Motorcycles outpace scooters after 8 years; sales grow at 22% in 2018

Photo: Dalip Kumar
Motorcycles are back in action, taking away some of the limelight that scooters had been hogging for several years. Scooters, after having grown at a faster pace to motorcycles for eight consecutive years, are lagging behind in growth. The data for the first five months of the 2018 calendar year shows motorcycle sales have grown at over 22 per cent, compared to a growth of about 15 per cent in scooters. 

In India, the world’s biggest two-wheeler market, motorcycle sales grew at 6.44 per cent in 2017, less than half, compared to the 14 per cent growth in scooters. The last time motorcycles managed to grow faster than scooters was in 2009. However, in the first five months of this calendar year, sales of motorcycles expanded 22.44 per cent to 5.7 million units, Society of Indian Automobile Manufacturers (Siam) data shows. 

Scooter sales grew at 15.68 per cent to 2.84 million units. These are sales from manufacturers to dealerships. In each of the last four months (February, March, April, and May), the rate of growth for motorcycles has been stronger to scooters. In the last two months of April and May, motorcycles grew at 19.38 and 15.16 per cent, respectively. The comparable number for scooters was 12.63 per cent and a decline of 1.40 per cent. 

A strong comeback in the demand for motorcycles has a direct positive impact on the fortunes of two leading listed two-wheeler makers: Hero MotoCorp and Bajaj Auto. Hero, the biggest player in the domestic two-wheeler market, gets about 88 per cent of its sales from motorcycles, while the rest comes from scooters. In the case of Bajaj Auto, its entire domestic two-wheeler volume comes from motorcycles as it does not make scooters. Both these companies are clocking double-digit growth in domestic motorcycle sales in recent months. 

While the current growth leading position of motorcycles is based on the data for the first five months, demand is expected to get a further boost after the kharif crop harvest around September-October, which also coincides with the festive season. 
“With the forecast of a good monsoon this year, there is expectation of an uptick in market demand in the later part of the year. This will lead to a sustained momentum in the positive turnaround in sentiments across the country,” said a Hero MotoCorp spokesperson. 

This will be the third consecutive year of a normal monsoon and even though there has been surplus and price pressure in certain farm products, the sales growth in motorcycles and even tractors points to an intact demand from rural markets. Half of the domestic motorcycle sale is estimated to come from rural buyers and Hero has a 51 per cent share in the overall motorcycle market.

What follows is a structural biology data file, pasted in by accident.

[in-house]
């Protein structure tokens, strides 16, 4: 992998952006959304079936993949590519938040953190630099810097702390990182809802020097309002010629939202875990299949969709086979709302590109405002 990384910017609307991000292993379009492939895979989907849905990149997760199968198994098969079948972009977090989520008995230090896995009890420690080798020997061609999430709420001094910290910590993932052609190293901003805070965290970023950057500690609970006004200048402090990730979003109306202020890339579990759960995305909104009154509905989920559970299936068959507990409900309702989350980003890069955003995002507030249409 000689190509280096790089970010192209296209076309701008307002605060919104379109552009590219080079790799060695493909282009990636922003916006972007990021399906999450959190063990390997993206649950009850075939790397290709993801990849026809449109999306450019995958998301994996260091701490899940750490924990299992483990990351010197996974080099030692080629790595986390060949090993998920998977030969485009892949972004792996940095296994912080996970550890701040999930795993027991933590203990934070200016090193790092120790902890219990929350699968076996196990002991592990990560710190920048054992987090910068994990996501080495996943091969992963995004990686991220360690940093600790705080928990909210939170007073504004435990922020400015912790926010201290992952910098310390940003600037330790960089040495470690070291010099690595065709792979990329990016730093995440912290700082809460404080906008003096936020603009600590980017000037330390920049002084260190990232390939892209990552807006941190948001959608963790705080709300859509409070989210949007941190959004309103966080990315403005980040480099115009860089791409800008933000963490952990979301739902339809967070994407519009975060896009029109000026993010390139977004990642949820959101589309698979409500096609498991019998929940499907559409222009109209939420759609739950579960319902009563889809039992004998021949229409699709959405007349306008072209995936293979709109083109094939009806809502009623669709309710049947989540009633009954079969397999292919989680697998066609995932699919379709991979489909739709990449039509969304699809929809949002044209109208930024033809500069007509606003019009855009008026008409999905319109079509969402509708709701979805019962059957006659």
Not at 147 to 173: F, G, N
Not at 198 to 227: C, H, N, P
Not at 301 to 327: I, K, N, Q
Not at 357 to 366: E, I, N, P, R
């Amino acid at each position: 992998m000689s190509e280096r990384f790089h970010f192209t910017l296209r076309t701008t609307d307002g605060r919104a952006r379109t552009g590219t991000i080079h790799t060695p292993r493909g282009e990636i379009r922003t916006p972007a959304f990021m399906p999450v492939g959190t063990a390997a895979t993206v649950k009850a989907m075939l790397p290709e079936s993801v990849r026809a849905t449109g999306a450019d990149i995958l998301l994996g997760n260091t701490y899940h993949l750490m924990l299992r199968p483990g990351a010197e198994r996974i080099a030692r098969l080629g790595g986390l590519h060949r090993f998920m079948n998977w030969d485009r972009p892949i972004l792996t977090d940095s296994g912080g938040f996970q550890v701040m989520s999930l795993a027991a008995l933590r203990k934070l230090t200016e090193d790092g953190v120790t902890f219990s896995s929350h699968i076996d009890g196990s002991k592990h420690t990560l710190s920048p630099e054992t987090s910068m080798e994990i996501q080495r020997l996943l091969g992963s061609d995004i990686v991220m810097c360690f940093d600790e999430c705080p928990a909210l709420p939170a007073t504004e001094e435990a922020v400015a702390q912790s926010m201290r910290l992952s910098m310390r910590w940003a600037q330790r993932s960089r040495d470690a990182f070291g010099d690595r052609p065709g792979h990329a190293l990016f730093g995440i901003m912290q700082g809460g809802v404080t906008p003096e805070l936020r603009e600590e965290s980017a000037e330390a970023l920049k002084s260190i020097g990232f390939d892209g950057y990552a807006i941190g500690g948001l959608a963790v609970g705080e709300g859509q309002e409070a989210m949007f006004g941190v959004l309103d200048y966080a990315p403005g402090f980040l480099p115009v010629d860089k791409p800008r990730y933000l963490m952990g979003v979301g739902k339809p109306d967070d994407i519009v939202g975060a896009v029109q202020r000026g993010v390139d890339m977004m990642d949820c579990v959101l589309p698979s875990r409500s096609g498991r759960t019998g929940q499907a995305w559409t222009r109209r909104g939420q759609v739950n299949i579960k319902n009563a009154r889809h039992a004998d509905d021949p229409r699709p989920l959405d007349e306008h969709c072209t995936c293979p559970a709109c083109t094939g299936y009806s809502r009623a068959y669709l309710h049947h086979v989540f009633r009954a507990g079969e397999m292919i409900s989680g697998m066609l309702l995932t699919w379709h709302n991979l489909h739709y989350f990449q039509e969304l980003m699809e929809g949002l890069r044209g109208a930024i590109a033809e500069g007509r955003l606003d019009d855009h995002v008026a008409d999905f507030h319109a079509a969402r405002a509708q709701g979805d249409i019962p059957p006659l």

While this trend of a stronger demand for motorcycles (which have a base double to scooters) augurs well for some players, it may not be great news for companies relying heavily on scooters. Japanese auto major Honda Motorcycle and Scooter India (HMSI) gets two-third of its domestic sales from scooters. 

Y S Guleria, senior vice-president (sales and marketing) at HMSI said the first quarter (Q1) typically has a lot of seasonality attached, with the monsoon and marriage season pushing up the sales momentum for motorcycles, while scooters growth accelerates starting June. But Q1 data of 2017-18 did not show this seasonality when scooters grew 20 per cent and motorcycles just 3.44 per cent.

Guleria admits that the rural demand is ‘reviving’. “Motorcycles account for nearly 80 per cent of the two-wheeler industry in Uttar Pradesh, Bihar, and Rajasthan. Since these three states bring 30 per cent of national motorcycle sales, a seasonal impact in these markets will always impact the overall industry. However, the scooter growth story is also strong,” he said.

Unlike motorcycles, scooters are largely an urban product and therefore, in years when the former came under pressure due to challenges in rural economy, growth in scooters continued. “Scooter penetration is low in some geographies, but demand is now growing exponentially,” said Guleria, adding it will continue to see double-digit growth.

Some in the industry, however, maintain that scooters have faced pressure due to a rise in petrol prices. Motorcycles offer 25-30 per cent higher fuel efficiency, against scooters and therefore, in the event of a continuous hike in petrol price, there is shift in demand patterns. 
The change is evident in the fact that in two of the last three months the most sold two-wheeler was the Hero Splendor motorcycle, followed by Honda Activa scooter. Activa had been dominating the top position for months together until the recent change in the pecking order. 

Binaifer Jehani, research director at CRISIL, said the rural demand is lending support to motorcycles. “The motorcycle segment is picking up. Expectations of normal monsoon is also enabling an upswing in sales. The recently concluded marriage season has also added to the demand. Urban demand is also growing, albeit at a slower pace”.